142nd APHA Annual Meeting and Exposition

Annual Meeting Recordings are now available for purchase

What We Can See, We Can Change: Using Large Maps to Inform Health Intervention Strategies -- Fee: $275

142nd APHA Annual Meeting and Exposition (November 15 - November 19, 2014): http://www.apha.org/events-and-meetings/annual
Sunday, November 16, 2014: 8:00 AM - 11:30 AM
LI Course
Partnership: 1. Community Health Planning and Policy Development Khusdeep Malhotra, BDS, MPH, National Center for Primary Care, Morehouse School of Medicine, 720 Westview Dr SW, Atlanta, GA 30310, Phone: 4047565284, kmalhotra@msm.edu. Shariece Johnson, MA, Health Studies Sector, Westat, 1600 Research Boulevard, TB 373, Rockville, MD 20850, Phone: 240-314-2414, shariecejohnson@westat.com 2. Food and Nutrition Angela Watkins, MBA, MPH, Community Epidemiology and Evaluation, Oklahoma State Department of Health, 1000 NE 10th, Oklahoma City, OK 73117, Phone: 405-271-9444 x 56428, angelaw@health.ok.gov. Amber Canto, MPH, RD, University of Wisconsin-Extension, Cooperative Extension, 432 N. Lake St, Room 335, Madison, WI 53706, Phone: 608-265-4975, amber.canto@ces.uwex.edu
Statement of Purpose and Institute Overview: The purpose of this Learning Institute is to enable public health professionals interested in health planning and community health policy to formulate verbal health improvement strategies into geographic strategies, analyze health improvement assets and problems across geographic scales, and design cross-sectoral collaboration efforts with systems and geographic thinking. This course will address two related professional skill gaps: (1) The gap between practitioners’ knowledge of the geography of health determinants and the ability to employ this knowledge as a planning and organizing tool for cross-sectoral collaboration. (2) The gap between knowledge of health improvement strategies and the ability to translate this knowledge into geographic strategies. As a CDC CTG awardee (TOUCH in in Broward County, Florida), we identified these gaps through our work with our healthy food access initiatives. We found that although we understood maps of food and health disparities for our county, conveying this knowledge to our partners and decision makers through presentations did not alone bring about the cross-sectoral collaboration that is necessary for systems and policy change. However, we began to see improved collaboration and geo-strategic thinking when we constructed a workshop whereby participants translated their healthy food access improvement strategies into geographic strategies on large printed maps. This Learning Institute will be a replication of the workshop we developed to help our partners collaborate geo-strategically. Healthy food access and food system planning will be used as organizing themes. Because everyone eats, food issues naturally bring together health professionals, community organizers, activists, academics, and policy makers around a common discourse. After a brief introduction about food systems planning concepts, the participants will be divided into three groups, each organized around two components of the food system (e.g., growing & processing, distribution & marketing). Each group will be provided a strategy matrix and a large 42”x 60” map of Broward County’s food environment and health disparities. By combining food system components with community plan elements (e.g., transportation, schools) on the strategy matrix, each group will come up with strategies to improve healthy food access. By drawing on the maps, participants will then translate how these strategies could work geographically. Each group will be given 15 minutes to report their strategy matrix and geographic solutions. This workshop will be delivered by a team of Broward County CTG awardee partners with expertise in public health, community food systems, urban planning, and GIS (Geographic Information Systems).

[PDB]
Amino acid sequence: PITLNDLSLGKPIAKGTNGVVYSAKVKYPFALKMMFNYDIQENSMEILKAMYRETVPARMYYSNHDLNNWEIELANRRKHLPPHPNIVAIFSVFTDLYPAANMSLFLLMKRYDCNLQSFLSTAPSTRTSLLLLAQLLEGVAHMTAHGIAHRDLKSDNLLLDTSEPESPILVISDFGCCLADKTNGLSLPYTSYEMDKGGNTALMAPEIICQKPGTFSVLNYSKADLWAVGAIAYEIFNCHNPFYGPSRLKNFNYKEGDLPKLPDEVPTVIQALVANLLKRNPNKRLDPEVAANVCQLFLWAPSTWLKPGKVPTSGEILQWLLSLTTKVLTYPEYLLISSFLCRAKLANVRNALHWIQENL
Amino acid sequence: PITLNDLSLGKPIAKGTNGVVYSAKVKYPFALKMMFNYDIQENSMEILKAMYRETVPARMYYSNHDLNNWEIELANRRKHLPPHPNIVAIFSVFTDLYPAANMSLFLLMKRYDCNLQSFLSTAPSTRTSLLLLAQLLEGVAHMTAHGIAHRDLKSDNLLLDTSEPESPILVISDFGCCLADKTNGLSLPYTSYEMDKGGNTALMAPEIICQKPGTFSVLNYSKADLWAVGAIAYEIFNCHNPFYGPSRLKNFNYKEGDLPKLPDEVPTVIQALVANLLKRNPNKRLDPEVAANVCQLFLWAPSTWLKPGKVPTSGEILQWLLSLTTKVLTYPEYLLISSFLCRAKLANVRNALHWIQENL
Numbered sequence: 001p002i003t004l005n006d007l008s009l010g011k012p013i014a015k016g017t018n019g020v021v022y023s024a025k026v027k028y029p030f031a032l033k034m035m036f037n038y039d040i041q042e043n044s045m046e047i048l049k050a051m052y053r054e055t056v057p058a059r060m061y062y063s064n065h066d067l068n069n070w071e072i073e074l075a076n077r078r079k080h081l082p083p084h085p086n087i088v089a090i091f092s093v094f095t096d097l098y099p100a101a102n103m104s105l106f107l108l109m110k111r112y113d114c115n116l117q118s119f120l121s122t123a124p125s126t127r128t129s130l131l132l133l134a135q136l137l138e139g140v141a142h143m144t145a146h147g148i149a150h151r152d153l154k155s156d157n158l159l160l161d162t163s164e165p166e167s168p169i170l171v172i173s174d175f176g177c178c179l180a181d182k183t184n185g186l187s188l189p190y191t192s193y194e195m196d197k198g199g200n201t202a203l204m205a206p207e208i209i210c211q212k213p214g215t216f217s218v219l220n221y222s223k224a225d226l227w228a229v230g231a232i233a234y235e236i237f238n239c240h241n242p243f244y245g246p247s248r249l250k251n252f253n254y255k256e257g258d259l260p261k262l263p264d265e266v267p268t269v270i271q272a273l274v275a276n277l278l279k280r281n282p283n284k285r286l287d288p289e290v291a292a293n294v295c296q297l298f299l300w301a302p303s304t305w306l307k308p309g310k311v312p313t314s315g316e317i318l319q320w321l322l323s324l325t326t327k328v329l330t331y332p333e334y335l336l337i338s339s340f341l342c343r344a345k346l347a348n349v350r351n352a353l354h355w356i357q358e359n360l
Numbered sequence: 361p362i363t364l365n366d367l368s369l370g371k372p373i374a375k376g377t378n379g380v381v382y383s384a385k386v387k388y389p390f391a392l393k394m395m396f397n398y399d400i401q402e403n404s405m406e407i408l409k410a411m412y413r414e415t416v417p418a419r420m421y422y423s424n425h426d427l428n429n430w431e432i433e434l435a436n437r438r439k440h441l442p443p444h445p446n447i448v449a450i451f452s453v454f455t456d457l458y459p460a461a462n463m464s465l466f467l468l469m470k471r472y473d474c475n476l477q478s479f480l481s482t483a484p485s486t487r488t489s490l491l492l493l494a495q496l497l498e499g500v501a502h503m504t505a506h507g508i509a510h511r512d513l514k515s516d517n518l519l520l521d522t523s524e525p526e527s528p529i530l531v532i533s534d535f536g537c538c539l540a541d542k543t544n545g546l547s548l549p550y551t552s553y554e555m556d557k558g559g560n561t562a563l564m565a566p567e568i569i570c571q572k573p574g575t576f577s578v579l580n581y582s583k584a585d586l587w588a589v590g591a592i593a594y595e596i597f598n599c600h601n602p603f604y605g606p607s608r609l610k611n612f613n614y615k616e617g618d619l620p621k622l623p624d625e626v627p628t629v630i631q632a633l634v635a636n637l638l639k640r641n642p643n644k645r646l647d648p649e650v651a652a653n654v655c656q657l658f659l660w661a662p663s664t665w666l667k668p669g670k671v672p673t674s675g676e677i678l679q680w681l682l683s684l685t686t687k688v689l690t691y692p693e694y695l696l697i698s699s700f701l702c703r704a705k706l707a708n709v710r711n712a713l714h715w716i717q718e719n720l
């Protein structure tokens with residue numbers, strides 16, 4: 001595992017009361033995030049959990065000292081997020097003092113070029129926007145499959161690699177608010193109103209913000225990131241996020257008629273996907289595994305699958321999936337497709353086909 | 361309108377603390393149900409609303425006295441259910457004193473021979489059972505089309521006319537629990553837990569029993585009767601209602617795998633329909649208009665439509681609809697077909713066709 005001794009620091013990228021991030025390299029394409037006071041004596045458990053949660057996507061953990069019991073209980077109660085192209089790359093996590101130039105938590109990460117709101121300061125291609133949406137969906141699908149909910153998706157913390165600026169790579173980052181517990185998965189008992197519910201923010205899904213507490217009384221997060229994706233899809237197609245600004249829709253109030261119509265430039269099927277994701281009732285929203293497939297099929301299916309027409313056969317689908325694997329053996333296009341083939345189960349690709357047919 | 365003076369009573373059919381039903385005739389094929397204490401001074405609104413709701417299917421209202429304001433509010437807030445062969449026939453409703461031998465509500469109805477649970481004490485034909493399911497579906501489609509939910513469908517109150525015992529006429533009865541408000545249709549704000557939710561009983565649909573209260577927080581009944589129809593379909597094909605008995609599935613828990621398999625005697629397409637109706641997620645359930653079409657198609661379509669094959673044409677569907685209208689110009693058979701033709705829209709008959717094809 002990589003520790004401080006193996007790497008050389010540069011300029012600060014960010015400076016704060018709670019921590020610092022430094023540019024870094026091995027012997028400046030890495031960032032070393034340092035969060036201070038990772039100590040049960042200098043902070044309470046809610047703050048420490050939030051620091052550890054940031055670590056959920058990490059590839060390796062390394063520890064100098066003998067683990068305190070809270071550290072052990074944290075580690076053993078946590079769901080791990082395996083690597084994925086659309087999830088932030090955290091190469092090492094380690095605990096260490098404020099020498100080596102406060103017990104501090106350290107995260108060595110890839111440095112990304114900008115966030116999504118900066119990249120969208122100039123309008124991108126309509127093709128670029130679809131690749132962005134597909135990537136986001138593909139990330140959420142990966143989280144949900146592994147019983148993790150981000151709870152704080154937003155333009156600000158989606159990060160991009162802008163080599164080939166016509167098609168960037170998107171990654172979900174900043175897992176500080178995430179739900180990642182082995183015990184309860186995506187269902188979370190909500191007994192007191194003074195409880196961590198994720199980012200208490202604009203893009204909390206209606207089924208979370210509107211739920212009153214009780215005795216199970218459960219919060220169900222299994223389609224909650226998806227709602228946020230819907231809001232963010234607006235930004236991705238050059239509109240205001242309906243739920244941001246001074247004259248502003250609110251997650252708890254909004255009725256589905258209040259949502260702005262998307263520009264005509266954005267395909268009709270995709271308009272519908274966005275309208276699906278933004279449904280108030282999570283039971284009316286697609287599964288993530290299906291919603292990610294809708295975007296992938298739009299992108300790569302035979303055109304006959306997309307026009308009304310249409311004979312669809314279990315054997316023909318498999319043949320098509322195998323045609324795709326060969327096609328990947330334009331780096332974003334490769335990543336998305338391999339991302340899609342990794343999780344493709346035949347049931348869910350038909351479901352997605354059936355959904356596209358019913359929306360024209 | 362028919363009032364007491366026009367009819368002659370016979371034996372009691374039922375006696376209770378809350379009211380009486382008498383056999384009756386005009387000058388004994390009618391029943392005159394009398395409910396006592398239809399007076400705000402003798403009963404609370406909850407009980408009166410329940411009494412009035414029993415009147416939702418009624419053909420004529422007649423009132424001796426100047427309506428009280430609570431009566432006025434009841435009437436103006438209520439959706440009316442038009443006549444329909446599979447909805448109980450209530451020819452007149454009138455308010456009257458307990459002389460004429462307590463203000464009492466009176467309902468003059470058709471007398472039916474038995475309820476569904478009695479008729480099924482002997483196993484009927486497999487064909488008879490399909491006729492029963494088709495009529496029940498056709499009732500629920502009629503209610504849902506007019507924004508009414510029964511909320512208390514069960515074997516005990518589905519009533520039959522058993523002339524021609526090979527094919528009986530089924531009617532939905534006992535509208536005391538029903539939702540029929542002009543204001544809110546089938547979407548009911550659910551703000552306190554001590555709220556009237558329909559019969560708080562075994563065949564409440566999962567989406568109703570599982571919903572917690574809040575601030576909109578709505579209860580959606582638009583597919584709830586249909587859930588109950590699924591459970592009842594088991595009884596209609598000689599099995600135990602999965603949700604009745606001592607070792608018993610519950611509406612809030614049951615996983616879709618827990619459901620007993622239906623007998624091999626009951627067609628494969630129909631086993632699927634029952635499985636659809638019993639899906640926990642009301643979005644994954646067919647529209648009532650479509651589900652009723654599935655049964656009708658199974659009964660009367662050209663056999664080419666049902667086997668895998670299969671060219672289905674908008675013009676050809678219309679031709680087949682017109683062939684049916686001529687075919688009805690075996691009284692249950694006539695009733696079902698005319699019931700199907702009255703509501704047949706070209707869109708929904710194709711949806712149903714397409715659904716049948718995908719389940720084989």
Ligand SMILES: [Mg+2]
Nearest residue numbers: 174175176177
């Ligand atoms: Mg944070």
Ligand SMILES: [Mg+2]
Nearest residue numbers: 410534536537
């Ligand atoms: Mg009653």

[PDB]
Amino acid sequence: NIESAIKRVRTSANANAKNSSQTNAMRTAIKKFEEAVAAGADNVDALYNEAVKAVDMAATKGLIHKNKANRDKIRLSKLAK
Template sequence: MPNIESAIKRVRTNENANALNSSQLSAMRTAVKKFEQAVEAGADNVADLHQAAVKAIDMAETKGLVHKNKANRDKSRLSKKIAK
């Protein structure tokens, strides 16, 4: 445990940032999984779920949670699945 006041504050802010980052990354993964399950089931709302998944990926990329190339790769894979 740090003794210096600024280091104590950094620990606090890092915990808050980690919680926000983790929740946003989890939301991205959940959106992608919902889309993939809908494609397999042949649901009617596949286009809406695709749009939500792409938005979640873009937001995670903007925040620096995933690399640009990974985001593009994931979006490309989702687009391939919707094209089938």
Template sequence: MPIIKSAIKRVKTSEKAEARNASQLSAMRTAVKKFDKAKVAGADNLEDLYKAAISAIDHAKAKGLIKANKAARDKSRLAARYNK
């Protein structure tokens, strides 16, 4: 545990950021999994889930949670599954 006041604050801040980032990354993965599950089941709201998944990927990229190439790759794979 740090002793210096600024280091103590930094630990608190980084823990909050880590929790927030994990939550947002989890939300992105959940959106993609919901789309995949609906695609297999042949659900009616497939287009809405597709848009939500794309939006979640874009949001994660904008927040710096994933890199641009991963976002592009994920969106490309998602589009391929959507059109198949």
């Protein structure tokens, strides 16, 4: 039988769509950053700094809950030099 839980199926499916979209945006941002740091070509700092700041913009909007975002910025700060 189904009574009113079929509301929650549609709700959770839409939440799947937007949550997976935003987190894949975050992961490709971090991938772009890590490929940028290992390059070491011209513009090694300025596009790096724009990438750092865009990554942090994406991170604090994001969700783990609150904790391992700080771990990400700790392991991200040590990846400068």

Session Objectives: Describe how to use maps and strategy matrices as tools for food system cross-sectoral collaboration and policy change. Design a strategy matrix using food system components and community planning elements. Formulate graphic strategies from verbally stated strategies.

Opening Remarks
Morning Break
Strategizing with Maps and Matrices: How do you do it? continued
Closing Remarks

See individual abstracts for presenting author's disclosure statement and author's information.

Organized by: APHA-Learning Institute (APHA-LI)

CE Credits: Medical (CME), Health Education (CHES), Nursing (CNE), Public Health (CPH) , Masters Certified Health Education Specialist (MCHES)